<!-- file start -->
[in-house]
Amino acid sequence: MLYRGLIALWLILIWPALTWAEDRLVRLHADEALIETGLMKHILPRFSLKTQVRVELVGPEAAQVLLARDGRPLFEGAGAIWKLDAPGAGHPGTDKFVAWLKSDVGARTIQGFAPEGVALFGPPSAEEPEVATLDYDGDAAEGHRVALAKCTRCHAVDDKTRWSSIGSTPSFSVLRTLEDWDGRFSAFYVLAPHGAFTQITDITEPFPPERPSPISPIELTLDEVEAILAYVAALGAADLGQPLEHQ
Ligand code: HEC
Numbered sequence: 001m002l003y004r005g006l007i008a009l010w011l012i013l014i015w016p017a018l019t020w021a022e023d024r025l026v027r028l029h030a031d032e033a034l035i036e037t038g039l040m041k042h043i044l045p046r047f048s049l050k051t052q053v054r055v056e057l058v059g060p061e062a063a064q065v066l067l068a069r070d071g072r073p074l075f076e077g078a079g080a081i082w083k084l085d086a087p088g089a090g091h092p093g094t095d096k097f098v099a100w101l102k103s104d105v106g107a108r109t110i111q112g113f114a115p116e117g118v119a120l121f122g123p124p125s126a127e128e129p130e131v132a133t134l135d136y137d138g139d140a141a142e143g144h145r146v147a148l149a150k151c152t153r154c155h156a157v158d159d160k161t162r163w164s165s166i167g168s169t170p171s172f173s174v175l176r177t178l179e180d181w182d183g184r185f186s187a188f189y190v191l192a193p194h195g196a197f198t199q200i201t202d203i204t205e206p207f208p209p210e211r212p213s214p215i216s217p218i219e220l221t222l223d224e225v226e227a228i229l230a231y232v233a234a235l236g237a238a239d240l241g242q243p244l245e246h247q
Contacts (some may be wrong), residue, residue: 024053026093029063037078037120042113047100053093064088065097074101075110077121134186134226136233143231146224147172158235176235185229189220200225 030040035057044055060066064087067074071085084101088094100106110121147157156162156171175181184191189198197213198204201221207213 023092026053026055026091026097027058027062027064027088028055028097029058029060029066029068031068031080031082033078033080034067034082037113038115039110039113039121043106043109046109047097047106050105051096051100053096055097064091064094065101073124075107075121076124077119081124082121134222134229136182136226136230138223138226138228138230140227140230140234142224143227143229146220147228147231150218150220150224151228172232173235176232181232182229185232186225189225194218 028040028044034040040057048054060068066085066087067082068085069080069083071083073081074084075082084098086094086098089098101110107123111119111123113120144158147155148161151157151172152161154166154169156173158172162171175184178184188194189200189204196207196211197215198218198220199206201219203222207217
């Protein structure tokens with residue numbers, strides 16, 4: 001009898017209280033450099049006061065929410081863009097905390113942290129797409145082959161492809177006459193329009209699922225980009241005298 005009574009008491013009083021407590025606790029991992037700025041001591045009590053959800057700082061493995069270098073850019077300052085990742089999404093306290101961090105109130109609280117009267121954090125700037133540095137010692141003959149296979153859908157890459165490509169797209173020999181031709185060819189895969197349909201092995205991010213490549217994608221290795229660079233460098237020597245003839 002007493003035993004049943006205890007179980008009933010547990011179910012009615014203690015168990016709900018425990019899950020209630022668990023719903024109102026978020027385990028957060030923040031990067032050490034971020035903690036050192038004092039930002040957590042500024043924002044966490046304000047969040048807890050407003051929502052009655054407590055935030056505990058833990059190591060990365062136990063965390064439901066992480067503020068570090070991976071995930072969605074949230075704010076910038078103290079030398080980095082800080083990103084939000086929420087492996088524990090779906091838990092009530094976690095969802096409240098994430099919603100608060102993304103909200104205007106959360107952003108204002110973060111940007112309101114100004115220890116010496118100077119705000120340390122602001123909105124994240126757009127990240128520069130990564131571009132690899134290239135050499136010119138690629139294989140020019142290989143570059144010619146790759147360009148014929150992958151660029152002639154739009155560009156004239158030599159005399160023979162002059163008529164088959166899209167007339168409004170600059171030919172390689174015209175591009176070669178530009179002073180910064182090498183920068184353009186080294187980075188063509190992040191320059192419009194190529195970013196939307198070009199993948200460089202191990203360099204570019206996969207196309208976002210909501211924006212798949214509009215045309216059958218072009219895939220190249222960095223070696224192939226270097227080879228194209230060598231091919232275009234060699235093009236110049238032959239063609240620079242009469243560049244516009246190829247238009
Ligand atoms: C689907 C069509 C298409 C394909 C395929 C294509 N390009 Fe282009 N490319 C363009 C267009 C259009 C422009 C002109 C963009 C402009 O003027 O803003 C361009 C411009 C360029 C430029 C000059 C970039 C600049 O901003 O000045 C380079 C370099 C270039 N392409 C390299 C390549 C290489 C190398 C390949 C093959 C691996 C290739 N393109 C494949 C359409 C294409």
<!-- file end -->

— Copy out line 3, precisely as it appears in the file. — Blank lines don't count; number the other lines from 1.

Ligand code: HEC